Wednesday, February 23, 2005

Richard Falk, On Power-Sharing

Ending the Ordeal of Iraqi Occupation
By Richard Falk
February 21, 2005

The essence of the difficulty involves ending the American occupation as soon as possible without provoking a bloody civil war likely to end with the re-imposition of an oppressive form of Baathist rule objectionable to the overwhelming majority of Iraqis. (...) It is significant, as well, that only a week before the elections the United Iraqi Alliance removed from its listing of campaign goals, 'an end to foreign occupation.' No reasons were given, but it seems rather obvious that in the existing situation the Sunni-led insurgency would quickly prevail without the protection of American troops. At the same time, the earlier presence of such a goal suggests that the Shi'ia movement is united with the insurgents in its commitment to end the occupation, and recover Iraq for the Iraqis. If negotiations between political leaders representing the main constituencies could affirm this common goal, and then ask themselves how best to reach such an outcome, there might yet be found a way to end foreign occupation without initiating civil strife.

Looked at from an insurgent perspective, the persistence of bloodshed and occupation cannot be a happy prospect. Their best scenario would be more of the same, surely a road to nowhere. It seems clear that the objectives of the resistance are to end the occupation in a manner that gives to the Sunnis and their allies in Iraq a major role in shaping the future of the country. But if this role is perceived by their adversaries as leading to the reimposition of Sunni authoritarian rule achieved by violence directed at civilians it will only extend the occupation indefinitely, and might even lend it legitimacy in the eyes of Iraqis and the outside world. If the insurgent leadership even now signals a willingness to deal politically with the future of Iraq, and shows an interest in working out a power-sharing arrangement at the top, then there exists at least a slim possibility for a united effort to end the occupation without confronting Iraq and the world with the prospect of civil war. (...) Delay by the resistance in entering the Iraqi political process seems likely to encourage the United States to establish a permanent military presence in the country with the acquiescence of groups under threat. It may have been justifiable for Sunni elements to boycott the elections but it is self-destructive for the Iraqi resistance to behave as if its only option is spill civilian blood of their Iraqi countrymen and innocent foreign observers.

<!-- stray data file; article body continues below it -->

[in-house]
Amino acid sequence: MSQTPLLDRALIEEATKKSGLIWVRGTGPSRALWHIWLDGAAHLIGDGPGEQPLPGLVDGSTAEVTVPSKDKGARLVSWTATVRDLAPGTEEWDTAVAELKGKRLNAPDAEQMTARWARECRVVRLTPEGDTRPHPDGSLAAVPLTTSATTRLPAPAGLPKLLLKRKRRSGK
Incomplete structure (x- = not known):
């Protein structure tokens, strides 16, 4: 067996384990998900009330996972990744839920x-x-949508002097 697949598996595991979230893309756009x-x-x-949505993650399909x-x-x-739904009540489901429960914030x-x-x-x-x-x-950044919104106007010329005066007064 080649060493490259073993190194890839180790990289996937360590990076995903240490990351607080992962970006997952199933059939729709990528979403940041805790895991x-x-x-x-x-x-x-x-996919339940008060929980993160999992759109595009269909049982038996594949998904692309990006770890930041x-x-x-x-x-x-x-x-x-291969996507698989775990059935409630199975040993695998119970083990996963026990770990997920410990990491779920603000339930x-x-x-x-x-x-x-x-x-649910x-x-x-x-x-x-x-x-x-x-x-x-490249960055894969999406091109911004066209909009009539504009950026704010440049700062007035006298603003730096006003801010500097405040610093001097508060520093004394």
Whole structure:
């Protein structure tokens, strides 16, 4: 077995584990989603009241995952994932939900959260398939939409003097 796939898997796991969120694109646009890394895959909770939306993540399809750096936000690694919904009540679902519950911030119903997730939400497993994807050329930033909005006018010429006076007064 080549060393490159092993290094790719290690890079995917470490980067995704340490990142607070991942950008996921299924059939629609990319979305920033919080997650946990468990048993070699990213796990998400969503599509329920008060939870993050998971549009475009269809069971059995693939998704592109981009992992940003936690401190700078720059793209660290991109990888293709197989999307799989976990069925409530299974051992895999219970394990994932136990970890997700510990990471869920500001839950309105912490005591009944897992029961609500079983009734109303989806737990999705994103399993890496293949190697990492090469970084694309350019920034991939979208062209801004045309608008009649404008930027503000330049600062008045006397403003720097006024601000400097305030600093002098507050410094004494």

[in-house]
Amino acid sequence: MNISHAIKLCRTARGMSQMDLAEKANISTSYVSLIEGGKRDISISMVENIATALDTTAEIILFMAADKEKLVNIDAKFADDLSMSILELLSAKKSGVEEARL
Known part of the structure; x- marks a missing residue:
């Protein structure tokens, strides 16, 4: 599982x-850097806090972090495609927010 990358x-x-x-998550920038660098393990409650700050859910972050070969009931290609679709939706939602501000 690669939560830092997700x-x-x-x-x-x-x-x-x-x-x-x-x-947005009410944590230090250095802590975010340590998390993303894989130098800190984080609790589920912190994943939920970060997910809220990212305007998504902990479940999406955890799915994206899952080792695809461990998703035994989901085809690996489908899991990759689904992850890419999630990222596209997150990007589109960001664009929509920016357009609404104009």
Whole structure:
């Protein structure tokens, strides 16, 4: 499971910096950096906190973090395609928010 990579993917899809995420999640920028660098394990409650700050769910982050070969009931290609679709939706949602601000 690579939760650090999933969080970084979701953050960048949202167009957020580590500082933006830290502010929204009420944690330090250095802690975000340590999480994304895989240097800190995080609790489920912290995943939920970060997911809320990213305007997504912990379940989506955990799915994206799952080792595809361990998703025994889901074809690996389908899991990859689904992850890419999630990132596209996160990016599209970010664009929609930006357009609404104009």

Saturday, February 12, 2005

Consociational Democracy for Iraq - the hasty dismissals

It will be soon two years since UCLA sociology professor Andreas Wimmer expeditiously and carelessly dismissed all prospects for an Iraqi consociational democracy ( Download pdf, "Democracy and Ethno-Religious Conflict in Iraq," paper presented at the Center on Democracy, Development and Rule of Law, Stanford University, May 5, 2003: pp. 16-17):
Most foreign policy makers currently seem to favor a power sharing arrangement for the future Iraq, such as the so-called consociational democracy.

At first sight, Iraq seems to fulfill several conditions that political scientists have identified as favorable for the establishment of power sharing arrangements: a small overall population size; a small number of ethno-religious segments; and a high degree of control of elites over their future voters. More importantly, Iraq’s oil should provide a good enough resource basis for allowing a generous policy of inclusion and power sharing. An escalation of distributive conflicts is easier to avoid in such circumstances than in a country of all pervasive poverty. However, Iraq lacks a political culture of moderation and compromise that many see as a necessary condition for a power-sharing arrangement to work in a sustainable way. If power relations between the groups change, leaders may not be prepared to re-negotiate compromise and the consociational regime breaks apart. This has been the case in Lebanon and many other countries with power-sharing arrangements. In fact, as one researcher has remarked, "the list of cases where consociational arrangements applied reads like an obituary page."

If this is the objection then it is one that is very precipitate. It is one that pays no attention to cultural, nationalist, Islamist, and even sectarian incentives for moderation and compromise. It fails to taking in the view that the "perils of cultural fragmentation" amongst which "a foreign threat" is effective at helping to motivate this sort of collaboration (Lijphart, Arend. 1971. "Cultural Diversity and Political Integration," Canadian Journal of Political Science IV:1 (March), p. 12.). Iraq nationalists--Sunni Arabs and Shi’i Arabs, the Sadrists in particular--have every reason for moderation and compromise in order for them to kick out the invader. And so do Iraq Islamists—probably more than 75% of the country’s Shi’a, 50% at least of its Arab Sunna, and up to 25% of Iraqi Kurdistan’s political forces. Finally, aren’t Iraq Sunnis—Arabs and Kurds--strong enough to convince the Shi’ites of the advantages of consociationalism, in general, and the equal sharing of power between the two main confessions, in particular?